The New Urbanist flava

September 7, 2006

Cities, well, suck. I grew up in a small Hampshire town, enjoying each muddy spring and bitterly cold winter, relishing the taciturn New England way of life. But I’ve spent the last few years in the District, lived in San Diego for a summer, visited most of the United States’ major cities, and have just begun a four-month stay in Cairo, Egypt. It occurs to me that, like it or not, I’ll be living and working in cities for a quite a few years to come. So, I’d better start liking them, at least temporarily, before I can return to the live-free-or-die state.

This summer I befriended an urban partisan, raised in Brooklyn, who would gladly wipe away the suburbs and move everybody into apartment buildings if he could. I objected; cities are expensive, often ugly, generally dirty and increasingly poorly planned—give me New Hampshire instead. Why, besides the cultural, political and economic activities that make my presence necessary, would I want to live here?

My friend wasn’t just any city enthusiast though; he was a proponent of New Urbanism, an urban planning and architectural movement dedicated to reviving the “lost art of place-making,” the conservation of resources, especially oil, wasted in suburban developments, and returning real identity to the places where we live.

Their project is not geared towards cosmetic change; it is a movement to save our society. Remembering how we learn from the ruins of great civilizations past, they ask, how will future peoples judge us when they look at the way we live?

To give me a better understanding of New Urbanism, my friend passed along a book by James Kunstler, The Geography of Nowhere. This description of our own Georgetown neighborhood gives an idea of the New Urbanist’s likes and dislikes:

“Standing shoulder-to-shoulder, the row houses of Georgetown create a pleasant streetwall that affords a sense of secure enclosure so that the street seems like an outdoor room…In some blocks, the ancient cobblestones remain; so cars tend naturally to move even slower which makes the pedestrians feel more comfortable.”

Urbanists reject the modernist architecture that has brought us strip malls and suburban malaise and has discarded the idea of creating architecture rooted in local history and traditions. See our library, looming in cruel mockery of the gorgeous Healy building it apes. Look at New South, reputedly concocted by a designer of women’s prisons—it feels like one. Harbin, with its clusters, is the only dorm that attempts to mimic human community. The best living spaces on campus, the Nevils dorms and the University townhouses, provide an assortment of layouts catering to a sense of authentic Georgetown living. But these arrangements are few and far between.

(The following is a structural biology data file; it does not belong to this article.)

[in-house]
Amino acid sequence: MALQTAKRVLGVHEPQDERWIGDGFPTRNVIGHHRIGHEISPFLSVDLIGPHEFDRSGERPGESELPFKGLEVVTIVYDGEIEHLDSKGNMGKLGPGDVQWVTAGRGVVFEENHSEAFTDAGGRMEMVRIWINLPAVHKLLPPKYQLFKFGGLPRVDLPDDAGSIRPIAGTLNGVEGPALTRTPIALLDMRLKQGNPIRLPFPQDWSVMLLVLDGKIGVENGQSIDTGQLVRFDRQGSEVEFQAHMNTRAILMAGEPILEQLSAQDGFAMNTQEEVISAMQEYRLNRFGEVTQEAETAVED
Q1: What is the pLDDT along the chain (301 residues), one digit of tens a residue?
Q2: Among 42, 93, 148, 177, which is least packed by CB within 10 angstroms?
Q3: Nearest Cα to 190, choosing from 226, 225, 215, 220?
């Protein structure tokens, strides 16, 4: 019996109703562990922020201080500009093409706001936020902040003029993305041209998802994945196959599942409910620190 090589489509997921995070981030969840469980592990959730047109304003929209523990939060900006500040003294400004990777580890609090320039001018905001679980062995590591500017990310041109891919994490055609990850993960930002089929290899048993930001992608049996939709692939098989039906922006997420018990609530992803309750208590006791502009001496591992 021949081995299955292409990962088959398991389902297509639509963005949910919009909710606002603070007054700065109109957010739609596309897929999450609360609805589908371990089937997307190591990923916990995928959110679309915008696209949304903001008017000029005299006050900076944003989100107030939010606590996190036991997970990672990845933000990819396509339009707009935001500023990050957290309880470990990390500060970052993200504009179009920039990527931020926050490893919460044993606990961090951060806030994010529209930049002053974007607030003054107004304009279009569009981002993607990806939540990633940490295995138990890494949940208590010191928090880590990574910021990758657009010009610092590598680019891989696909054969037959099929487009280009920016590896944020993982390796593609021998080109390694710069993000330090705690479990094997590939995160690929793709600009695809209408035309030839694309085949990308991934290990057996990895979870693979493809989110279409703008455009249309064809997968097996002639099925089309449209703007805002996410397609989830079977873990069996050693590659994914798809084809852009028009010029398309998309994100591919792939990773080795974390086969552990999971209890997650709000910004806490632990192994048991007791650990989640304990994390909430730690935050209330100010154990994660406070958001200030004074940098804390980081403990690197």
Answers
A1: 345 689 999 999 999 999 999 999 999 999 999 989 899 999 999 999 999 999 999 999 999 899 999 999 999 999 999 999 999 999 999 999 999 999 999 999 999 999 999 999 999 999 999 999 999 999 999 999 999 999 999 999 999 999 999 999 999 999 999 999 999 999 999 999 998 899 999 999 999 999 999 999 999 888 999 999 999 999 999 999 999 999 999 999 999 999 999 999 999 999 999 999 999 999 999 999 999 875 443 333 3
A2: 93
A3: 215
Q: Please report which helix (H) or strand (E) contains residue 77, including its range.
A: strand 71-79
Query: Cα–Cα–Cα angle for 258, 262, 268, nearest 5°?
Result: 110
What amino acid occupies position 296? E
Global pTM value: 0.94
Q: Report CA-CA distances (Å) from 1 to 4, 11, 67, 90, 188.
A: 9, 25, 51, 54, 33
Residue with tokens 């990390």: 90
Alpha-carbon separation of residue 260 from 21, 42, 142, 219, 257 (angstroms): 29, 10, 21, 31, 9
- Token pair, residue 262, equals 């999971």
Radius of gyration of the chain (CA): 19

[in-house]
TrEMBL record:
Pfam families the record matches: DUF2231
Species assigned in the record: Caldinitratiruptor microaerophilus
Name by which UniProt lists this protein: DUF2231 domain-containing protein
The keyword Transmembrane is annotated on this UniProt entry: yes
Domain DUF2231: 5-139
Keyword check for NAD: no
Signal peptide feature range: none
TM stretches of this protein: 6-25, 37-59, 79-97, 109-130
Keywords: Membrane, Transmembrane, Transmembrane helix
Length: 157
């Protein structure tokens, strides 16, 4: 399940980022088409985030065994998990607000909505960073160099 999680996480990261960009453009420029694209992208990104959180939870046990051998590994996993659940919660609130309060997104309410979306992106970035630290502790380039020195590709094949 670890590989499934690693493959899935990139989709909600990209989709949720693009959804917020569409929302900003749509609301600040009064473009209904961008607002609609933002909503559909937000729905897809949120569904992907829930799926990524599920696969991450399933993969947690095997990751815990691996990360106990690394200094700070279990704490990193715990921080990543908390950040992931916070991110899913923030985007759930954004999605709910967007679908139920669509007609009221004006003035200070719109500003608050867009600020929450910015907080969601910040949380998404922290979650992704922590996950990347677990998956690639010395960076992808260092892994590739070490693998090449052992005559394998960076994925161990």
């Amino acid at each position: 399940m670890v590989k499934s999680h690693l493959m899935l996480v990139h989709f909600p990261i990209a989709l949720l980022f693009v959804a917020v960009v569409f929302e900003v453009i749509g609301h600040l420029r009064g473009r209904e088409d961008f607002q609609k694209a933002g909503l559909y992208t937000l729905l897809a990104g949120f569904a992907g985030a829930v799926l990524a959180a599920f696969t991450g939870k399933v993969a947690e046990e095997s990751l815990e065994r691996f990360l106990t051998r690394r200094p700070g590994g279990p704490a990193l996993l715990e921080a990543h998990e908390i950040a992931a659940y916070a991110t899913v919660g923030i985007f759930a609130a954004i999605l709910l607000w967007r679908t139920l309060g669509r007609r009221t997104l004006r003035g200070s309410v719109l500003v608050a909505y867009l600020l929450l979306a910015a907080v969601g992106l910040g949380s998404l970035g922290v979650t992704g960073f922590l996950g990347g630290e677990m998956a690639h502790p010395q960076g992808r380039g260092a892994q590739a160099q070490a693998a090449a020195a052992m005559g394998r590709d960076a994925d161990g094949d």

Given the challenges of creating livable spaces, it’s hard to imagine a way to affect change, but Kunstler’s most important insight is that we must begin thinking about our own homes and neighborhoods. Few of us notice the social problems at our own doorsteps. While major change will take political action at every level of government, at Georgetown, at least, we can badger administrators to abandon the brick cube as the basis of campus building design.

I recently traveled to Alexandria, where I visited the ruins of a Roman Villa—airy and spacious, it was set in a gridded city designed by one of Alexander the Great’s architects. As succeeding dynasties ruled Egypt, architecture changed and adapted. Mosques were built on top of merchant’s stalls; colonial-era European apartments rose up.

Cairo, my home for the time being, is like Alexandria a mix of many centuries of architecture and design and is so overcrowded that people fill the streets, praying, eating and doing business amidst a million cars and 5,000 donkey carts. It is pure urban chaos, wonderful in its way, but home to poverty and pollution. But the mix of styles, from Sultans to Sadat, shows that each succeeding generation attempted to impose some order, to put some stamp on their city reflecting their values. Isn’t it time we do the same?

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